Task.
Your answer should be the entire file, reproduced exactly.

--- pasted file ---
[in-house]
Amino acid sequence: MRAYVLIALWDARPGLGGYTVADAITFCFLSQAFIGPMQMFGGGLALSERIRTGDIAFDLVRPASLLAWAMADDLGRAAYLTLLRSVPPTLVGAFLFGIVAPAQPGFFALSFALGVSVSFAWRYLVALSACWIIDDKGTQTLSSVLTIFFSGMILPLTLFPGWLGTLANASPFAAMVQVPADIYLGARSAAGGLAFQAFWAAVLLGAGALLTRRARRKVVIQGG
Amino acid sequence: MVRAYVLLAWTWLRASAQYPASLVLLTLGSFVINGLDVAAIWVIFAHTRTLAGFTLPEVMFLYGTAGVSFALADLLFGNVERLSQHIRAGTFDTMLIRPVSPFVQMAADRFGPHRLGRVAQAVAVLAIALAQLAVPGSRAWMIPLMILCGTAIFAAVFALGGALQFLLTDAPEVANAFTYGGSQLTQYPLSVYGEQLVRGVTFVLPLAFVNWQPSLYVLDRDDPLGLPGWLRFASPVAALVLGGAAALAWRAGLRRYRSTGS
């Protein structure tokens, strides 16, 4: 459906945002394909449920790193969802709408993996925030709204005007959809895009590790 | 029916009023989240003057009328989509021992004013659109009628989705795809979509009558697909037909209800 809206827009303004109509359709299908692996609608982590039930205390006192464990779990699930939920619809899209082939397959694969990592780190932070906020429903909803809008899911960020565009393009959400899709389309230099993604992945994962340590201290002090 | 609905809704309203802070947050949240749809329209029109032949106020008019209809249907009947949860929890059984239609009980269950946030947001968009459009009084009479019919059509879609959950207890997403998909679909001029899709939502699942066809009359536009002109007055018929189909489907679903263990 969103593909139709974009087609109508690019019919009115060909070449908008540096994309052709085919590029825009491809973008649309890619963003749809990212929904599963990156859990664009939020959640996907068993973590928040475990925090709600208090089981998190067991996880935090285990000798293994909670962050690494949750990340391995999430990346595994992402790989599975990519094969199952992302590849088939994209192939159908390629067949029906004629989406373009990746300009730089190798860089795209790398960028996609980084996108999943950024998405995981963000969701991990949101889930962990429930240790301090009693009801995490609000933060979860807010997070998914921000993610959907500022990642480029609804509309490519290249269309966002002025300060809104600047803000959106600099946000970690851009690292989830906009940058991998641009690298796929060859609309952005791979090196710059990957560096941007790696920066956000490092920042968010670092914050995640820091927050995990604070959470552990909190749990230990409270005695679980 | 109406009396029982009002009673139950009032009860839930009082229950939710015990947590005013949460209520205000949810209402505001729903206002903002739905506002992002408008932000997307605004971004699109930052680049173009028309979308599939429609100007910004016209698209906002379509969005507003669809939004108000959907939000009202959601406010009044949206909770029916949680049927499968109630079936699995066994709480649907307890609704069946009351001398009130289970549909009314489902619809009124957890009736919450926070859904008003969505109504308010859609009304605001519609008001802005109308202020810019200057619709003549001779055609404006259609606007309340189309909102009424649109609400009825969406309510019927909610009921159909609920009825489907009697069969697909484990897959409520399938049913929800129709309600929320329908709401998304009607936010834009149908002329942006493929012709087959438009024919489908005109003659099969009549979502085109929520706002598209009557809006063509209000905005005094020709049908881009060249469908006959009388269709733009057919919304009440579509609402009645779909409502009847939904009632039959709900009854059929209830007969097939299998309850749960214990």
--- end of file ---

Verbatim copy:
[in-house]
Amino acid sequence: MRAYVLIALWDARPGLGGYTVADAITFCFLSQAFIGPMQMFGGGLALSERIRTGDIAFDLVRPASLLAWAMADDLGRAAYLTLLRSVPPTLVGAFLFGIVAPAQPGFFALSFALGVSVSFAWRYLVALSACWIIDDKGTQTLSSVLTIFFSGMILPLTLFPGWLGTLANASPFAAMVQVPADIYLGARSAAGGLAFQAFWAAVLLGAGALLTRRARRKVVIQGG
Amino acid sequence: MVRAYVLLAWTWLRASAQYPASLVLLTLGSFVINGLDVAAIWVIFAHTRTLAGFTLPEVMFLYGTAGVSFALADLLFGNVERLSQHIRAGTFDTMLIRPVSPFVQMAADRFGPHRLGRVAQAVAVLAIALAQLAVPGSRAWMIPLMILCGTAIFAAVFALGGALQFLLTDAPEVANAFTYGGSQLTQYPLSVYGEQLVRGVTFVLPLAFVNWQPSLYVLDRDDPLGLPGWLRFASPVAALVLGGAAALAWRAGLRRYRSTGS
């Protein structure tokens, strides 16, 4: 459906945002394909449920790193969802709408993996925030709204005007959809895009590790 | 029916009023989240003057009328989509021992004013659109009628989705795809979509009558697909037909209800 809206827009303004109509359709299908692996609608982590039930205390006192464990779990699930939920619809899209082939397959694969990592780190932070906020429903909803809008899911960020565009393009959400899709389309230099993604992945994962340590201290002090 | 609905809704309203802070947050949240749809329209029109032949106020008019209809249907009947949860929890059984239609009980269950946030947001968009459009009084009479019919059509879609959950207890997403998909679909001029899709939502699942066809009359536009002109007055018929189909489907679903263990 969103593909139709974009087609109508690019019919009115060909070449908008540096994309052709085919590029825009491809973008649309890619963003749809990212929904599963990156859990664009939020959640996907068993973590928040475990925090709600208090089981998190067991996880935090285990000798293994909670962050690494949750990340391995999430990346595994992402790989599975990519094969199952992302590849088939994209192939159908390629067949029906004629989406373009990746300009730089190798860089795209790398960028996609980084996108999943950024998405995981963000969701991990949101889930962990429930240790301090009693009801995490609000933060979860807010997070998914921000993610959907500022990642480029609804509309490519290249269309966002002025300060809104600047803000959106600099946000970690851009690292989830906009940058991998641009690298796929060859609309952005791979090196710059990957560096941007790696920066956000490092920042968010670092914050995640820091927050995990604070959470552990909190749990230990409270005695679980 | 109406009396029982009002009673139950009032009860839930009082229950939710015990947590005013949460209520205000949810209402505001729903206002903002739905506002992002408008932000997307605004971004699109930052680049173009028309979308599939429609100007910004016209698209906002379509969005507003669809939004108000959907939000009202959601406010009044949206909770029916949680049927499968109630079936699995066994709480649907307890609704069946009351001398009130289970549909009314489902619809009124957890009736919450926070859904008003969505109504308010859609009304605001519609008001802005109308202020810019200057619709003549001779055609404006259609606007309340189309909102009424649109609400009825969406309510019927909610009921159909609920009825489907009697069969697909484990897959409520399938049913929800129709309600929320329908709401998304009607936010834009149908002329942006493929012709087959438009024919489908005109003659099969009549979502085109929520706002598209009557809006063509209000905005005094020709049908881009060249469908006959009388269709733009057919919304009440579509609402009645779909409502009847939904009632039959709900009854059929209830007969097939299998309850749960214990």